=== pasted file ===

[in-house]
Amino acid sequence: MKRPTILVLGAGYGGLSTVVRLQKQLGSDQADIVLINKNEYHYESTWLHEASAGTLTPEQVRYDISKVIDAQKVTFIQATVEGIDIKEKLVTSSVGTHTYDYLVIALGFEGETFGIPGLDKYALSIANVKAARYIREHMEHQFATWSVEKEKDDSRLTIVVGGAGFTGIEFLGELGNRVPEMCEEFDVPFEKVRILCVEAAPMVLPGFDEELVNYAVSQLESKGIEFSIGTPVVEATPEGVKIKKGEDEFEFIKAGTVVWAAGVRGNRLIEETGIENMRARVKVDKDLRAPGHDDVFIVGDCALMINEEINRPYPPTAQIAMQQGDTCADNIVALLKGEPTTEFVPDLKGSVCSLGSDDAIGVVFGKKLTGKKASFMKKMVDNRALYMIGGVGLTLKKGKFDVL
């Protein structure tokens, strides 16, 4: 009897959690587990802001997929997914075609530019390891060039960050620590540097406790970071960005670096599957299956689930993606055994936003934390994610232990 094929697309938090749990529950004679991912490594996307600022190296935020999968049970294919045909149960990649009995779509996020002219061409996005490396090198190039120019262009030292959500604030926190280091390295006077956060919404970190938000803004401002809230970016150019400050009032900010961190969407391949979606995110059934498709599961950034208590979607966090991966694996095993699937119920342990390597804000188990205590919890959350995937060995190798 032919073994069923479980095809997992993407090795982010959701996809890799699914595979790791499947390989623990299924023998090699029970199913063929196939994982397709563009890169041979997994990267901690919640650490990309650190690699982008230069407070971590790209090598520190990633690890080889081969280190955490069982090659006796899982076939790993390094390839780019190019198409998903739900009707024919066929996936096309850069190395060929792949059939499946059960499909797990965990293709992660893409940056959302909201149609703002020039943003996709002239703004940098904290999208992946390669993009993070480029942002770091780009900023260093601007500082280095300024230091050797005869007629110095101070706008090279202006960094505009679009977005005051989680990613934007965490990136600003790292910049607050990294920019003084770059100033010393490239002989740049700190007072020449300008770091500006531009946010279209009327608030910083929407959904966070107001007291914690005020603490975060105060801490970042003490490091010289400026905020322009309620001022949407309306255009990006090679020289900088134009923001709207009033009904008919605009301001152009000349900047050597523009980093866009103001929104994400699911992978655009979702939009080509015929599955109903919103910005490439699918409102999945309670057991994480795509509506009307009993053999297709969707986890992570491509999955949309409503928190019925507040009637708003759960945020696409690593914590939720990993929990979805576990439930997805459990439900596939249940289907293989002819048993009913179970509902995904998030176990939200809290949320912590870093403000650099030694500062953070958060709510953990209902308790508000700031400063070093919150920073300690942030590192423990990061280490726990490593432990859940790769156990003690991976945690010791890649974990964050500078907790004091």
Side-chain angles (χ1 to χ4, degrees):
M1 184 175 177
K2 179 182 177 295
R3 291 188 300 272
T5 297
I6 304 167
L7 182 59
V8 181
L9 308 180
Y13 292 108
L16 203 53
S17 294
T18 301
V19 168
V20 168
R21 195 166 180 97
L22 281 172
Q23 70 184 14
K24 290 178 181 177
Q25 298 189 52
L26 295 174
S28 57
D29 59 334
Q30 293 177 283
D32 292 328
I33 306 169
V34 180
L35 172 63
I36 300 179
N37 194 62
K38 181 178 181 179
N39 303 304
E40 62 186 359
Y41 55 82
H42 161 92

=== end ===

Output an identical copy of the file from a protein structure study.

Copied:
[in-house]
Amino acid sequence: MKRPTILVLGAGYGGLSTVVRLQKQLGSDQADIVLINKNEYHYESTWLHEASAGTLTPEQVRYDISKVIDAQKVTFIQATVEGIDIKEKLVTSSVGTHTYDYLVIALGFEGETFGIPGLDKYALSIANVKAARYIREHMEHQFATWSVEKEKDDSRLTIVVGGAGFTGIEFLGELGNRVPEMCEEFDVPFEKVRILCVEAAPMVLPGFDEELVNYAVSQLESKGIEFSIGTPVVEATPEGVKIKKGEDEFEFIKAGTVVWAAGVRGNRLIEETGIENMRARVKVDKDLRAPGHDDVFIVGDCALMINEEINRPYPPTAQIAMQQGDTCADNIVALLKGEPTTEFVPDLKGSVCSLGSDDAIGVVFGKKLTGKKASFMKKMVDNRALYMIGGVGLTLKKGKFDVL
């Protein structure tokens, strides 16, 4: 009897959690587990802001997929997914075609530019390891060039960050620590540097406790970071960005670096599957299956689930993606055994936003934390994610232990 094929697309938090749990529950004679991912490594996307600022190296935020999968049970294919045909149960990649009995779509996020002219061409996005490396090198190039120019262009030292959500604030926190280091390295006077956060919404970190938000803004401002809230970016150019400050009032900010961190969407391949979606995110059934498709599961950034208590979607966090991966694996095993699937119920342990390597804000188990205590919890959350995937060995190798 032919073994069923479980095809997992993407090795982010959701996809890799699914595979790791499947390989623990299924023998090699029970199913063929196939994982397709563009890169041979997994990267901690919640650490990309650190690699982008230069407070971590790209090598520190990633690890080889081969280190955490069982090659006796899982076939790993390094390839780019190019198409998903739900009707024919066929996936096309850069190395060929792949059939499946059960499909797990965990293709992660893409940056959302909201149609703002020039943003996709002239703004940098904290999208992946390669993009993070480029942002770091780009900023260093601007500082280095300024230091050797005869007629110095101070706008090279202006960094505009679009977005005051989680990613934007965490990136600003790292910049607050990294920019003084770059100033010393490239002989740049700190007072020449300008770091500006531009946010279209009327608030910083929407959904966070107001007291914690005020603490975060105060801490970042003490490091010289400026905020322009309620001022949407309306255009990006090679020289900088134009923001709207009033009904008919605009301001152009000349900047050597523009980093866009103001929104994400699911992978655009979702939009080509015929599955109903919103910005490439699918409102999945309670057991994480795509509506009307009993053999297709969707986890992570491509999955949309409503928190019925507040009637708003759960945020696409690593914590939720990993929990979805576990439930997805459990439900596939249940289907293989002819048993009913179970509902995904998030176990939200809290949320912590870093403000650099030694500062953070958060709510953990209902308790508000700031400063070093919150920073300690942030590192423990990061280490726990490593432990859940790769156990003690991976945690010791890649974990964050500078907790004091």
Side-chain angles (χ1 to χ4, degrees):
M1 184 175 177
K2 179 182 177 295
R3 291 188 300 272
T5 297
I6 304 167
L7 182 59
V8 181
L9 308 180
Y13 292 108
L16 203 53
S17 294
T18 301
V19 168
V20 168
R21 195 166 180 97
L22 281 172
Q23 70 184 14
K24 290 178 181 177
Q25 298 189 52
L26 295 174
S28 57
D29 59 334
Q30 293 177 283
D32 292 328
I33 306 169
V34 180
L35 172 63
I36 300 179
N37 194 62
K38 181 178 181 179
N39 303 304
E40 62 186 359
Y41 55 82
H42 161 92